To provide more tailored information to teams, Ahmed advises nominating in-house data protection “champions” during the COVID-19 pandemic to be team representatives, collecting questions specific to each teams’ function and activities and approach the compliance team for answers. This will ensure specific information is reaching the relevant people, giving them a reliable source of advice before they act, rather than after.
For companies who have not yet sent their employees into self-isolation, Ahmed says the compliance team should also ensure there is a strong “bring your own device” (BYOD) policy in place to give employees a real-time training experience with the devices they are likely to use from home. This will help employees to comply with company policy on their own devices and teach them to ensure they are secure. It will also reduce the chance of technological glitches occurring which can be a data security risk within themselves (responsible for 25% of all global data breaches in 2019) when the time comes to permit employees to work remotely.
Essentially, the more aware and knowledgeable the workforce is, the better protected the company data is, according to Ahmed.
Fail-safes and disciplinary action
Data protection, however, does not end with the employee. The digital environment a company provides its employees to work remotely within can be an area of huge risk, as practitioners at Paul, Weiss, Rifkind, Wharton, & Garrison say:
“A spike in the number of employees working remotely can create increased network vulnerability, greater risk of inadvertent data loss, and greater financial vulnerability. These risks are exacerbated by cybercriminals seeking to exploit the unique features of the coronavirus situation to engage in more effective phishing and other methods to gain unauthorized access to network systems.”
An opportunistic hacker could access a company’s network through an employee’s unsecured home or public network, and Ahmed explains “one mis-click from an uninformed or disgruntled employee” could grant a hacker access to the server being used by dozens of employees if a company is using a remote desktop app or virtual private network.
Compliance teams, working in collaborating with the IT team, can help build fail-safes into the way a remote work system works to hamper cyber-attacks. Data encryption, for example, should be the standard for sharing through any communication programme, from Skype to Whatsapp, Ahmed says, and this is what he has been advising the companies he works in.
In addition to making staff aware of their obligations, Ahmed advises giving them a “documented COVID-19 process” to follow, which includes clear instructions to keep data secure. Crucially, Ahmed says staff should be trained and instructed to ensure all e-mail attachments that contain personal or confidential information are password protected, and that the passwords should be sent via a different communication channel (such as Whatsapp or another secure app) in case a cyber hacker is monitoring inboxes. Ahmed refers to this as “two-factor verification.” This is very simple advice, Ahmed admits, but “it’s where most people fall down and human error is where most problems happen,” so building fail-safes into systems to help catch human error is crucial to maintaining a secure system.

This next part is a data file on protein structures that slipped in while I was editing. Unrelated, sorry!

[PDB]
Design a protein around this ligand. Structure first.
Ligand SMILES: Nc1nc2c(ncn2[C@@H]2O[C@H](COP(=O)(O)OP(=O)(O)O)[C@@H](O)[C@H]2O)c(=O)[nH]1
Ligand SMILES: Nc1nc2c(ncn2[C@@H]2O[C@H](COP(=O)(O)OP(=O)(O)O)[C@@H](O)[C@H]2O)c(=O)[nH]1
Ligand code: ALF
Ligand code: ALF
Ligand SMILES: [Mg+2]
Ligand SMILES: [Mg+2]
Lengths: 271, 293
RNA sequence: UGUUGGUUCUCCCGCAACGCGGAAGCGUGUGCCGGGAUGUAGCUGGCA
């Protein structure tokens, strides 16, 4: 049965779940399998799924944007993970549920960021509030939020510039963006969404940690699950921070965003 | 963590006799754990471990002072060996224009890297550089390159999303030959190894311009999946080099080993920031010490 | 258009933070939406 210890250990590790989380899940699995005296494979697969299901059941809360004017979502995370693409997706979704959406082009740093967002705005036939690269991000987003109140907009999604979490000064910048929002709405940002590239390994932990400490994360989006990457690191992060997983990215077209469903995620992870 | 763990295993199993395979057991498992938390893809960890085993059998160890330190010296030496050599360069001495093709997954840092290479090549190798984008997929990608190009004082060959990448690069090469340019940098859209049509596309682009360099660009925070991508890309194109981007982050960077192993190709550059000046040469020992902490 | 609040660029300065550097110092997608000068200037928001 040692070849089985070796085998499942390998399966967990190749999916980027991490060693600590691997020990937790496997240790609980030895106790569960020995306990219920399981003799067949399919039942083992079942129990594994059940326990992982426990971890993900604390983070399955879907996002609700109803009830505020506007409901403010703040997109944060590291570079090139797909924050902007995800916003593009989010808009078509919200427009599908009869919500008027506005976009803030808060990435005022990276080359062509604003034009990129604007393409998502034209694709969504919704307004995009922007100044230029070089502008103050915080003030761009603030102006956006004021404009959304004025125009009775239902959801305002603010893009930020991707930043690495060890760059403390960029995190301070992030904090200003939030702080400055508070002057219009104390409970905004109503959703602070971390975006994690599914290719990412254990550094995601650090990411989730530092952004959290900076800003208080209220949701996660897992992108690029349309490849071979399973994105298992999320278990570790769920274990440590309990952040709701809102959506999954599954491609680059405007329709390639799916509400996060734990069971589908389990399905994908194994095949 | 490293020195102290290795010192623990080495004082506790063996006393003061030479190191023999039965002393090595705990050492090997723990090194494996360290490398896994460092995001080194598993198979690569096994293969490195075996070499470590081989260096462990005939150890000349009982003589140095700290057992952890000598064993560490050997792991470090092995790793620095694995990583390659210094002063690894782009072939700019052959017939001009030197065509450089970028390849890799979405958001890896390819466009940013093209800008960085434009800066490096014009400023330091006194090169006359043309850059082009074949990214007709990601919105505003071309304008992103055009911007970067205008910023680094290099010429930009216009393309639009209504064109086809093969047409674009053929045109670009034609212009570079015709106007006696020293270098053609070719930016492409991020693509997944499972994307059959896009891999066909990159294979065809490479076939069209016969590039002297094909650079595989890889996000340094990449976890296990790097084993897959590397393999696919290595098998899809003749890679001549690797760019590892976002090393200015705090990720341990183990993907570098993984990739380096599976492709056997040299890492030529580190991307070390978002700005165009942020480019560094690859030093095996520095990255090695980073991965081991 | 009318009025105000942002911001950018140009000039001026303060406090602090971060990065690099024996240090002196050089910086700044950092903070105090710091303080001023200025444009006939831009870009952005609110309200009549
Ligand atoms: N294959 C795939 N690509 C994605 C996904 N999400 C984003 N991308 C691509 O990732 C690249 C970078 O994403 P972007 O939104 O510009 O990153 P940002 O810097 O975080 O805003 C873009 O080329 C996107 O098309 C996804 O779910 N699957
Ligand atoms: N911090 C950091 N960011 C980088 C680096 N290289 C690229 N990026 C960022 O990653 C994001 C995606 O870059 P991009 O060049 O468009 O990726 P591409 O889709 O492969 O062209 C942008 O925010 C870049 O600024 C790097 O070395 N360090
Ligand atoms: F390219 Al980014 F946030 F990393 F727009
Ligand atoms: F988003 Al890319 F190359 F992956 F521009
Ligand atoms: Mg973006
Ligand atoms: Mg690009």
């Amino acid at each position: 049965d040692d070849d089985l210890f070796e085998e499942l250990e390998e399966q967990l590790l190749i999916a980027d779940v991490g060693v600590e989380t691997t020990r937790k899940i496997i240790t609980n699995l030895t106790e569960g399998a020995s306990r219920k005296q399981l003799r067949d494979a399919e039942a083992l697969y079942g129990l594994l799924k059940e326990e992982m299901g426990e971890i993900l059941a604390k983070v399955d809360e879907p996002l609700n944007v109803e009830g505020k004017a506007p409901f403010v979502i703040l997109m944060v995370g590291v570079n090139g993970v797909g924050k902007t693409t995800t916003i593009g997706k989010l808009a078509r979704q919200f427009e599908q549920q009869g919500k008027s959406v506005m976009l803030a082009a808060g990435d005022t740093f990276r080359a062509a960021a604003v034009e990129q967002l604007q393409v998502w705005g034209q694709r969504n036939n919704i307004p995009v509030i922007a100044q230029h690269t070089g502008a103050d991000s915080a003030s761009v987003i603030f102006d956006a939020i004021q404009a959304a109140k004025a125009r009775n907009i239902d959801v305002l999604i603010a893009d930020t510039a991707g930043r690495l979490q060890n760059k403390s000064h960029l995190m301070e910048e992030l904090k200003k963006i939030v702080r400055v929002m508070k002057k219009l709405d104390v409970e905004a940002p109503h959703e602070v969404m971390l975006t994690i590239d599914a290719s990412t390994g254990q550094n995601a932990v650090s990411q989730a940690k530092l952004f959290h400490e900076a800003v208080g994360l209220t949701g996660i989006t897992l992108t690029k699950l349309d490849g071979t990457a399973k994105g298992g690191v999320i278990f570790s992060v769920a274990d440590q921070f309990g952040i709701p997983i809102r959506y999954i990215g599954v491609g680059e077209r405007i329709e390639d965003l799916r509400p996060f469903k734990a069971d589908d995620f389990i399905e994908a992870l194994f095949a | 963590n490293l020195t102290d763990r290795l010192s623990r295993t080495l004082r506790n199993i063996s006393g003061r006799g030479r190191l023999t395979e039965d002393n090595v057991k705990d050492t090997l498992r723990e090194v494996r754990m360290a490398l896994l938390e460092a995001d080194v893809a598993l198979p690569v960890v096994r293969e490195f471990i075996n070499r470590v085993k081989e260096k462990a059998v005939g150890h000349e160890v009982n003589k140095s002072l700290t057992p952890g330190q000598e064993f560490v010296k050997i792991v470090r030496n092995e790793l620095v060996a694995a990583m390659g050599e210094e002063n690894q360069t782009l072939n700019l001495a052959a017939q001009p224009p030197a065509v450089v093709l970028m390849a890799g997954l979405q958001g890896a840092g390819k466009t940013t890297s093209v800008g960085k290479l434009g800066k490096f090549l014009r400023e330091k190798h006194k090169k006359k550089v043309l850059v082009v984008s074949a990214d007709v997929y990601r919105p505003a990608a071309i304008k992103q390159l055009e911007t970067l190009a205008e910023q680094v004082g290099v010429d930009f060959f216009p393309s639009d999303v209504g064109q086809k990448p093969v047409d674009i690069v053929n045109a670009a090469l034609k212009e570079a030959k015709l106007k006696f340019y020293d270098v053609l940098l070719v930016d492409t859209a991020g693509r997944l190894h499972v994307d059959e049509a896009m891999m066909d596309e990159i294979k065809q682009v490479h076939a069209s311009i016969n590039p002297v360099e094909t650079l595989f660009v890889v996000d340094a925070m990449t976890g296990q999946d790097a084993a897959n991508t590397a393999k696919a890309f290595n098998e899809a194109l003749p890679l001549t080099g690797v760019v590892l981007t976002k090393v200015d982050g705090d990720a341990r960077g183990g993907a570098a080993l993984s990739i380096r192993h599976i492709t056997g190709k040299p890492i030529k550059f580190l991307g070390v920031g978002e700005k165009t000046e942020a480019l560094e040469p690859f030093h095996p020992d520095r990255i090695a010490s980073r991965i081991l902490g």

Non-compliance with the COVID-19 compliance policy should be met with disciplinary action to reflect the seriousness of the offence because it is, after all, the company’s reputation at risk, Ahmed says. When it’s employees who are actively ignoring advice or policy, then this is a problem which has to be dealt with quickly to avoid company-wide complacency. “It’s about trust” between the employee and the employer, Ahmed says, to both fulfil their duties and understand the consequences, which in turn maintains the trust of consumers and customers. In the world of data privacy, it can be as harsh as a company being “shown the door” if they are seen as not trustworthy with data in the industry, Ahmed says. If trust is breached on the employee’s side due to complacency, therefore, then there has to be disciplinary action. Recently, Ahmed has had cases where employees have repeatedly been making the same mistakes which have endangered the company’s data, so he has asked the business leaders to implement “a process where if they make the same mistake again, they are disciplined, and we have seen a significant decrease in that behaviour.” The way to identify this kind of behaviour and encourage compliance, even with employees being outside the office, is to conduct random, sporadic audits where an employee’s activity is reviewed to ensure they are following procedure, Ahmed advises.